Coins and Canada - Bank of Canada banknotes price guide and values

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Bank of Canada values and prices of 1986 to 1991 banknotes

The 1986 series of bank notes, often referred to as the "Birds of Canada" series, was designed with enhanced security features to counter developments in colour-copier technology. Other improvements included:

  • making the bank notes readable on high-speed note-processing equipment;
  • incorporating codes to be read by portable electronic reader that (either audibly or with a vibrating signal) identifies the denomination of bank notes for visually impaired users.

New, larger portraits of former Canadian prime ministers and the Queen were engraved to take better advantage of the security offered by intaglio printing. Canadian birds were the new focal point for the backs of the notes. The birds chosen had to blend with the colour of the bank note and had to be found across Canada.

The $1 note was not reissued as part of this series and was gradually withdrawn from circulation. More recently, the $2 note has also been withdrawn. Both denominations (which remain legal tender) were replaced by more durable and longer-lasting coins, reducing the costs of producing Canada's currency.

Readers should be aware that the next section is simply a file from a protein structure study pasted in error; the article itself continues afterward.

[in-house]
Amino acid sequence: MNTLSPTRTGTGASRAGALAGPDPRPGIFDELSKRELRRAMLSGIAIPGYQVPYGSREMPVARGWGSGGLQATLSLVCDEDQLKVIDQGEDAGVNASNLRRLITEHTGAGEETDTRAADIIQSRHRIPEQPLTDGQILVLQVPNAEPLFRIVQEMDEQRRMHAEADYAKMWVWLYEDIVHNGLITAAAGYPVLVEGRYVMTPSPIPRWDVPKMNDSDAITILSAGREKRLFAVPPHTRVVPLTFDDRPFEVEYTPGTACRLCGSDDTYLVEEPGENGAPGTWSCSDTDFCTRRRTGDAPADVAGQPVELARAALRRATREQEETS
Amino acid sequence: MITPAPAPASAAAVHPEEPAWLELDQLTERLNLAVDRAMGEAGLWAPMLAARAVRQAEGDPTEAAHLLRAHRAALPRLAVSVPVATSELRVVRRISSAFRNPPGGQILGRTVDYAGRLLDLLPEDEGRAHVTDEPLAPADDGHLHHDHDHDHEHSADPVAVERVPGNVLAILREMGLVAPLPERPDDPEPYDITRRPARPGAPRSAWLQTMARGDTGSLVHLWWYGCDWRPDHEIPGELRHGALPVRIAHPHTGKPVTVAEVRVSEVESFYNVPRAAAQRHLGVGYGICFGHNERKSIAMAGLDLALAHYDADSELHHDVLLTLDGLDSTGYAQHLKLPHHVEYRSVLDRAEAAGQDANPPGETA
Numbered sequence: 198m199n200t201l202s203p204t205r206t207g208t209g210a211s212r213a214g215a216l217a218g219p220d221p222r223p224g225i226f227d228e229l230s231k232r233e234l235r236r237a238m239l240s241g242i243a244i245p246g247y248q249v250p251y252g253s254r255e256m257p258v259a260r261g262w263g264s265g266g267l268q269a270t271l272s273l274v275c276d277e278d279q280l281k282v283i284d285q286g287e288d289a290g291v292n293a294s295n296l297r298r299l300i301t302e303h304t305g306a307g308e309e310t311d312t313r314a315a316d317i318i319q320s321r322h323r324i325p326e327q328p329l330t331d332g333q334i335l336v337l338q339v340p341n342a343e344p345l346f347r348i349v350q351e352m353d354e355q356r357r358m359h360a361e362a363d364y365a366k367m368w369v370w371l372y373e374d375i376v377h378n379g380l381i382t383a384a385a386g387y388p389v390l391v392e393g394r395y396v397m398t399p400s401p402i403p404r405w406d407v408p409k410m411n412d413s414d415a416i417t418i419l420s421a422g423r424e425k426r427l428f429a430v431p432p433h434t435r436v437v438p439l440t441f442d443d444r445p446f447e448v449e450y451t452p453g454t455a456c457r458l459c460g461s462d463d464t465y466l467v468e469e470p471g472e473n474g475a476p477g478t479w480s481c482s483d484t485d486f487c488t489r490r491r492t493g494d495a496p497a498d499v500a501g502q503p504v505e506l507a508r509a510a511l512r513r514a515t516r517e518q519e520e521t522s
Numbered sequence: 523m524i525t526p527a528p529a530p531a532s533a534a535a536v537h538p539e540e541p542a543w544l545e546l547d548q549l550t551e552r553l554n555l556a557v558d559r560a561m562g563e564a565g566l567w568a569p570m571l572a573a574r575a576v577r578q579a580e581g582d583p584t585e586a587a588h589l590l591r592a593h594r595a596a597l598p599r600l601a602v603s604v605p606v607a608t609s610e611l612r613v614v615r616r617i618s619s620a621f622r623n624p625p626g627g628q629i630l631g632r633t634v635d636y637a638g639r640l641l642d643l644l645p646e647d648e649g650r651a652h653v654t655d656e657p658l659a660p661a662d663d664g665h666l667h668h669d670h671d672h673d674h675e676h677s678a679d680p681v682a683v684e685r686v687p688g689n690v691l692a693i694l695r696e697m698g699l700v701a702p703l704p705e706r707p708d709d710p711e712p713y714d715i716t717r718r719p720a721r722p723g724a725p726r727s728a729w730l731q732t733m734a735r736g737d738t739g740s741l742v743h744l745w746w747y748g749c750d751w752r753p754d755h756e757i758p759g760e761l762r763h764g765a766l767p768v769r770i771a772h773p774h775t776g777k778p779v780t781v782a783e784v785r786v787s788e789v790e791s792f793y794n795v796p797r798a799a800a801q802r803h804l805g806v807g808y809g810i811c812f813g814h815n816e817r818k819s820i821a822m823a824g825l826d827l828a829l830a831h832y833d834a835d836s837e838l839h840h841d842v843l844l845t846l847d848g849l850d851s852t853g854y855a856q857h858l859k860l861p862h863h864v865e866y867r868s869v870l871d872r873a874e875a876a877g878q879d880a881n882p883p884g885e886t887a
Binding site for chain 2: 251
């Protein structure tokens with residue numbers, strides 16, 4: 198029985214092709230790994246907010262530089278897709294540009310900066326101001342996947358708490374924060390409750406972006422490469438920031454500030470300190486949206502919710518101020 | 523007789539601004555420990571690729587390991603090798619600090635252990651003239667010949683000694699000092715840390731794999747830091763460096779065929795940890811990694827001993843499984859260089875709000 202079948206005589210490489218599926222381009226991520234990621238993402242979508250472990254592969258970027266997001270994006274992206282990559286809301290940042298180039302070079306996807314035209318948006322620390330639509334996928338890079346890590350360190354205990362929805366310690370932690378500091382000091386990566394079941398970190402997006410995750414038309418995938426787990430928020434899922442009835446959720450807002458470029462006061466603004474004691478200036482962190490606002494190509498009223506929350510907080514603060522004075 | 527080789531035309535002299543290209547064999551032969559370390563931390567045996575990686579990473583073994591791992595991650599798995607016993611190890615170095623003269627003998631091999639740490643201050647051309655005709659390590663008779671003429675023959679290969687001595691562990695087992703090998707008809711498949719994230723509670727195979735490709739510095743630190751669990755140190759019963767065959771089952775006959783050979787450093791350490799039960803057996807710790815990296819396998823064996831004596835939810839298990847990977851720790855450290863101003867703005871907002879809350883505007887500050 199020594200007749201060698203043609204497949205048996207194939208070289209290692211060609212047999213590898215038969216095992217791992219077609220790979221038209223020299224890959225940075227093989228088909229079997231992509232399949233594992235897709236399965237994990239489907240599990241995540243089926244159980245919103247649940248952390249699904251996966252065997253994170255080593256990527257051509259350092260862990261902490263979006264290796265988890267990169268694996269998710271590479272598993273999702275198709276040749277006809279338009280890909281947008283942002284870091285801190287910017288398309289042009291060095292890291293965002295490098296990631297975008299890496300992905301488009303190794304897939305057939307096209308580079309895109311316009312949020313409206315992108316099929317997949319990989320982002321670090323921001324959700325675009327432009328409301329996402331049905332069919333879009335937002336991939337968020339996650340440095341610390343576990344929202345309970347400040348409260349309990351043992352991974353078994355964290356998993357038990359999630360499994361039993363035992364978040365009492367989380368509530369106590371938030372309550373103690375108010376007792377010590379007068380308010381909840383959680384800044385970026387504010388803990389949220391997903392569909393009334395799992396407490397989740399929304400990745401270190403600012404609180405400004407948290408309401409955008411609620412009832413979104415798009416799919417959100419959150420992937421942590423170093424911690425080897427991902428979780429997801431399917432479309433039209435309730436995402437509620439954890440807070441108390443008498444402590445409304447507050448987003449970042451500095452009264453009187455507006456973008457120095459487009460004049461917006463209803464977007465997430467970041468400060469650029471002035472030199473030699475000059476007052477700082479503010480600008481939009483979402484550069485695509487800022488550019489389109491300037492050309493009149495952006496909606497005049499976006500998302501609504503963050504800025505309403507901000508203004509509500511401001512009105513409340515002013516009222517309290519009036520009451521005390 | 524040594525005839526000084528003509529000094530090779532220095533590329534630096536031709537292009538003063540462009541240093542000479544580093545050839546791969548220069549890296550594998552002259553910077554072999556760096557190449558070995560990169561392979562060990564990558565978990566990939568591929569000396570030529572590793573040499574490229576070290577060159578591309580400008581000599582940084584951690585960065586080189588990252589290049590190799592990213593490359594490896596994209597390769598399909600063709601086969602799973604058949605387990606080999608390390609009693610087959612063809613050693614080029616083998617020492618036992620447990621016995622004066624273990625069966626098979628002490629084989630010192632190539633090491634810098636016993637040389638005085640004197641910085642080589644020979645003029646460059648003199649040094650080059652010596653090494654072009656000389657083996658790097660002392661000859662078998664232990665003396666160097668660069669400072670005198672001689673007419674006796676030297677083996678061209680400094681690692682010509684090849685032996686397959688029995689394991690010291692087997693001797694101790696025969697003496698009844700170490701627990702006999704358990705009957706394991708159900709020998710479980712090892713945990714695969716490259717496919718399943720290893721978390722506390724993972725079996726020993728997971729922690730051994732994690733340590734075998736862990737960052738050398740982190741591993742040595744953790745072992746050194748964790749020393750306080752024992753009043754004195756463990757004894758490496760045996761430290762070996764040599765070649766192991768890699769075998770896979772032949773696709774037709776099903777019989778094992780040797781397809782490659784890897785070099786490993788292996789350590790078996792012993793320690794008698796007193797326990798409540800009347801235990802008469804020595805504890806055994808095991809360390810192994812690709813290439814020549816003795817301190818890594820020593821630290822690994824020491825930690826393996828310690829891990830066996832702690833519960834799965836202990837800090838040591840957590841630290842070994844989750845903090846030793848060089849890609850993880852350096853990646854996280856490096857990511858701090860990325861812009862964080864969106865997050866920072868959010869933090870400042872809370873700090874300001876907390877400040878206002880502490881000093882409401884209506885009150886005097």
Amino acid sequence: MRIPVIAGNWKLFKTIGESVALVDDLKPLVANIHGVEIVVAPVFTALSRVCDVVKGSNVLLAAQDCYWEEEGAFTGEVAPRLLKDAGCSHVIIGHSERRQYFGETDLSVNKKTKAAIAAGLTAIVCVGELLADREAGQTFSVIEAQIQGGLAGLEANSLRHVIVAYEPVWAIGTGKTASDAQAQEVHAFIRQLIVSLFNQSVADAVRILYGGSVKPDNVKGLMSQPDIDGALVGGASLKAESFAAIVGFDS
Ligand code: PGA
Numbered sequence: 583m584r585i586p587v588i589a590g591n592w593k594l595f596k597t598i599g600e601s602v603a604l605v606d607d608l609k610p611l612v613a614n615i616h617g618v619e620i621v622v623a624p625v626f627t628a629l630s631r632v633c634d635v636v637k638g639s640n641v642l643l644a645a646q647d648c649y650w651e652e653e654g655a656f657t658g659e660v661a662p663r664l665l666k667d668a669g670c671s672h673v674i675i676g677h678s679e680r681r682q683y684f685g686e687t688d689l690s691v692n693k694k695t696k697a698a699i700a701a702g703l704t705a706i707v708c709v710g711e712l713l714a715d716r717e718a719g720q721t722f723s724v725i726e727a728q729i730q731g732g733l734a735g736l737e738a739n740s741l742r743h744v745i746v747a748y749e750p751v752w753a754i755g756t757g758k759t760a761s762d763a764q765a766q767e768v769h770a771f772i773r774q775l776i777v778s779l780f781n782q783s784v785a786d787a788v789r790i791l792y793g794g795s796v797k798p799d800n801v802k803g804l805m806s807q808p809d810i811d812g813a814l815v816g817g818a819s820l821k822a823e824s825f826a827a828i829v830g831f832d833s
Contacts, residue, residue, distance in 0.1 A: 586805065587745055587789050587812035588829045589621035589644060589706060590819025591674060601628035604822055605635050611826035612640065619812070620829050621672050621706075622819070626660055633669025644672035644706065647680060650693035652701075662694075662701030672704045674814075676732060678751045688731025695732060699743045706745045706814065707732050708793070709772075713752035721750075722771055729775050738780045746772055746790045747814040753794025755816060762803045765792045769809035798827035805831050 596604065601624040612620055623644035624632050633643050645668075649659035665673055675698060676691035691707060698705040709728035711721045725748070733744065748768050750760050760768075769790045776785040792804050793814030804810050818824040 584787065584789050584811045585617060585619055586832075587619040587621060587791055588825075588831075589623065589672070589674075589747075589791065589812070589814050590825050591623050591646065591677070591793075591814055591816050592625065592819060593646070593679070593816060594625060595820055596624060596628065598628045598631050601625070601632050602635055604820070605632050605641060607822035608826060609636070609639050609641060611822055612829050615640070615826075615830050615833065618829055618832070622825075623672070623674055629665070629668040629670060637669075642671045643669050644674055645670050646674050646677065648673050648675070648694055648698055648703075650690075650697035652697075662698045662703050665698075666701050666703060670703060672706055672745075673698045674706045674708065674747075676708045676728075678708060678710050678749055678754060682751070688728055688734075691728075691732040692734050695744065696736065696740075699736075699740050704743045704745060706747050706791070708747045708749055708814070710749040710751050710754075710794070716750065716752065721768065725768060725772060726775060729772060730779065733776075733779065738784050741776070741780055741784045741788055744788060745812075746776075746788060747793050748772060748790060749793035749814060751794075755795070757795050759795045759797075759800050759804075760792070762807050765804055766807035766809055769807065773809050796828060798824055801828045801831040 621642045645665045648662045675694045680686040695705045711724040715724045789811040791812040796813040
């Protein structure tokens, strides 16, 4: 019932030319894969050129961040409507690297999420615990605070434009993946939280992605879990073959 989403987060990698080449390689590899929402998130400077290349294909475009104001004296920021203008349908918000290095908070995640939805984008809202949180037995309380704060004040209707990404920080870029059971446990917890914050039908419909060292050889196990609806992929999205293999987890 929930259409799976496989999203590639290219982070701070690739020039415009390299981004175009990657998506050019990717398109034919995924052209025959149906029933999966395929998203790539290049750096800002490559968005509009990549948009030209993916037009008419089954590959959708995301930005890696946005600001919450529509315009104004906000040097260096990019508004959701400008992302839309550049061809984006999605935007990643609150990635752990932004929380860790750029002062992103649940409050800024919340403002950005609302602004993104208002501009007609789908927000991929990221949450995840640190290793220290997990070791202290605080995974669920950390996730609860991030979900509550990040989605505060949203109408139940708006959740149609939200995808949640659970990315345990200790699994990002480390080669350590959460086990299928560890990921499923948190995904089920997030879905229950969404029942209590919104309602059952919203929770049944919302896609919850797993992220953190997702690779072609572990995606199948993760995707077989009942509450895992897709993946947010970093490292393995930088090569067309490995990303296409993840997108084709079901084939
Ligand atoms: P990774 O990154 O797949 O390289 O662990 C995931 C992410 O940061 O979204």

As part of the fight against money laundering and organized crime, the 1,000 denomination was withdrawn for circulation in 2000.

2 dollars 1986 to 1991

2 dollars 1986 to 1991

2 dollars 1986 to 1991 values and prices »

5 dollars 1986 to 1991

5 dollars 1986 to 1991

5 dollars 1986 to 1991 values and prices »

10 dollars 1986 to 1991

10 dollars 1986 to 1991

10 dollars 1986 to 1991 values and prices »

20 dollars 1986 to 1991

20 dollars 1986 to 1991

20 dollars 1986 to 1991 values and prices »

50 dollars 1986 to 1991

50 dollars 1986 to 1991

50 dollars 1986 to 1991 values and prices »

100 dollars 1986 to 1991

100 dollars 1986 to 1991

100 dollars 1986 to 1991 values and prices »

1000 dollars 1986 to 1991

1000 dollars 1986 to 1991

1000 dollars 1986 to 1991 values and prices »

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